The two-year award, which may be extended for three additional years, is known in federal jargon as an indefinite-delivery, indefinite-quantity contract. It sets a total spending limit with no guarantees that the companies involved will win any orders, said Brian Friel, a Bloomberg Industries analyst.


Annual Orders

Annual orders will be closer to $700 million to $1 billion and won’t come close to reaching $10 billion by the end of the contract, Friel said.

“The numbers seem to be going up, but ‘seem’ is the key word here,” said Mark Amtower, a partner at Amtower & Co., a Clarksville, Maryland-based consulting firm specializing in government contracting.

Six small businesses, including Harrisonburg, Virginia-based Tactical & Survival Specialties Inc., were selected to compete under the Defense Logistics Agency’s troop-supply contract announced March 7.

The second-biggest contract in March was a $5.79 billion Air Force award announced March 27. It went to 12 small businesses for information-technology services and might run for seven years if options are exercised.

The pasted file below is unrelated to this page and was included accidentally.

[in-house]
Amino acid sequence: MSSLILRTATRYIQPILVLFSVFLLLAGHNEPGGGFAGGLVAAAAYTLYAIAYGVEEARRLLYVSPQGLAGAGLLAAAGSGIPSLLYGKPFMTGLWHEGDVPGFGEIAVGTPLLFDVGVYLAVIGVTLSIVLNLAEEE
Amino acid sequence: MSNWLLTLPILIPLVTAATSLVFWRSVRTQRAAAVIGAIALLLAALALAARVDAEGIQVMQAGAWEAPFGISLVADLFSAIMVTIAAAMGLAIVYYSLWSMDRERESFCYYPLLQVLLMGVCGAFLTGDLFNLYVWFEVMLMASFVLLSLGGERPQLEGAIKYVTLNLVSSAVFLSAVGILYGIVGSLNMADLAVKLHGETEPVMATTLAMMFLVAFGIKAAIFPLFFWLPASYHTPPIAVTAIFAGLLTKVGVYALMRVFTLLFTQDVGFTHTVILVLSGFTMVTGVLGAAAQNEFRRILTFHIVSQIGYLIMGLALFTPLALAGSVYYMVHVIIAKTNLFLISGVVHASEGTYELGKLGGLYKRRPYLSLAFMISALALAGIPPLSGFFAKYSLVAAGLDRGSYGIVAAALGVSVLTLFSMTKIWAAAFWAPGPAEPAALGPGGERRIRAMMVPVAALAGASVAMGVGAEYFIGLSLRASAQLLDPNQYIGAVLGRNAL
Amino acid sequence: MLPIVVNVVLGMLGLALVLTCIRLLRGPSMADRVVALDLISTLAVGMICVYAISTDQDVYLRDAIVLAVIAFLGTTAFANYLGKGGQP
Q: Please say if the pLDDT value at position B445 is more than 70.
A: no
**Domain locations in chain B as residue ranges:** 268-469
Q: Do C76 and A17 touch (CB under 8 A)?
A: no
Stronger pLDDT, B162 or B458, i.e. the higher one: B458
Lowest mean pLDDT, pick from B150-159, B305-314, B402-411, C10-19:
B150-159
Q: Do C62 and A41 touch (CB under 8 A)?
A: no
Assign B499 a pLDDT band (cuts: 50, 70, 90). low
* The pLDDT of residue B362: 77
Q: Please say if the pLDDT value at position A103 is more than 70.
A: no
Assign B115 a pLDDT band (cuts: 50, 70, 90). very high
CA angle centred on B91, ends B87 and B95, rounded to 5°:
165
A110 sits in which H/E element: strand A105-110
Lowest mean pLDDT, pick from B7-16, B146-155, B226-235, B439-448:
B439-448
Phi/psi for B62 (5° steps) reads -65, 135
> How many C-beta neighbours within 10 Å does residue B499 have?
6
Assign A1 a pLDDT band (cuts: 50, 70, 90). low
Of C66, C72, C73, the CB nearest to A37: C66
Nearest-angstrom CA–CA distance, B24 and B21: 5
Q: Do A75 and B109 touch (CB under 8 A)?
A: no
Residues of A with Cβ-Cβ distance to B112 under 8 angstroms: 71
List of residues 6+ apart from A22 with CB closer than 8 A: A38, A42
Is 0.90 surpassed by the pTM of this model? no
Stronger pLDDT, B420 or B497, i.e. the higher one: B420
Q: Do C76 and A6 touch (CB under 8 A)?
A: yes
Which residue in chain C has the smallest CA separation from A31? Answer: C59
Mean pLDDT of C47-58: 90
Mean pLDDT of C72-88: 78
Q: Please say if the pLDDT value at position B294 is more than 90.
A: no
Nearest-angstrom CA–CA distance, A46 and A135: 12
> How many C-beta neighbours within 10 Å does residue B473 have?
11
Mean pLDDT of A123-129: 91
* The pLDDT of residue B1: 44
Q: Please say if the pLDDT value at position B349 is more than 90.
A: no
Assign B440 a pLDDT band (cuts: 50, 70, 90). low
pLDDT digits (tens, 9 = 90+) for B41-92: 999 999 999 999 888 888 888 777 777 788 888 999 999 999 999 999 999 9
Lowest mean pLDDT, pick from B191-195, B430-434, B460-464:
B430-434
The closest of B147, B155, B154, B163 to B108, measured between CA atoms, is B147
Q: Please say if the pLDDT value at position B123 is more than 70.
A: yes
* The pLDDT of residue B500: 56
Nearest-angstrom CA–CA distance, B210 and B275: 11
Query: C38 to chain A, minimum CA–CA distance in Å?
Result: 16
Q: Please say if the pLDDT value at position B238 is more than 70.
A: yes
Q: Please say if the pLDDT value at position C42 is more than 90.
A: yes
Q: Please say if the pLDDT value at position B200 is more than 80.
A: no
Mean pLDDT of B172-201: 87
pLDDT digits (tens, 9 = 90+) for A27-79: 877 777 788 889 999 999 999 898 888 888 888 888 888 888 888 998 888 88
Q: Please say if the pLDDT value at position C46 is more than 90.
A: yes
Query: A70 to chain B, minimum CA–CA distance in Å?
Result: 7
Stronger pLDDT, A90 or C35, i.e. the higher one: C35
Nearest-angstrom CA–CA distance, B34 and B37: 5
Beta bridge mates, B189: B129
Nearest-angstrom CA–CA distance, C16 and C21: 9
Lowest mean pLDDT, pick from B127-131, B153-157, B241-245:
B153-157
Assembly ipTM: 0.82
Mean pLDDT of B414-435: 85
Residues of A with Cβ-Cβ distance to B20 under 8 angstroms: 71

Larger companies will be invited later to compete under the same contract, Friel said. The award was an attempt by the Air Force to consolidate all of its information-technology services under one umbrella, he said.


DoD to scrutinize GSA prices

Apr. 11, 2014 – 06:00AM | By NICOLE BLAKE JOHNSON |


Richard Ginman, Deputy Director, Contingency Contracting and Acquisition Policy at DoD, is concerned that Defense often gets higher prices through the GSA schedules than do other buyers.

The General Services Administration promotes its supply schedules as offering federal agencies the lowest prices for commercial products and services.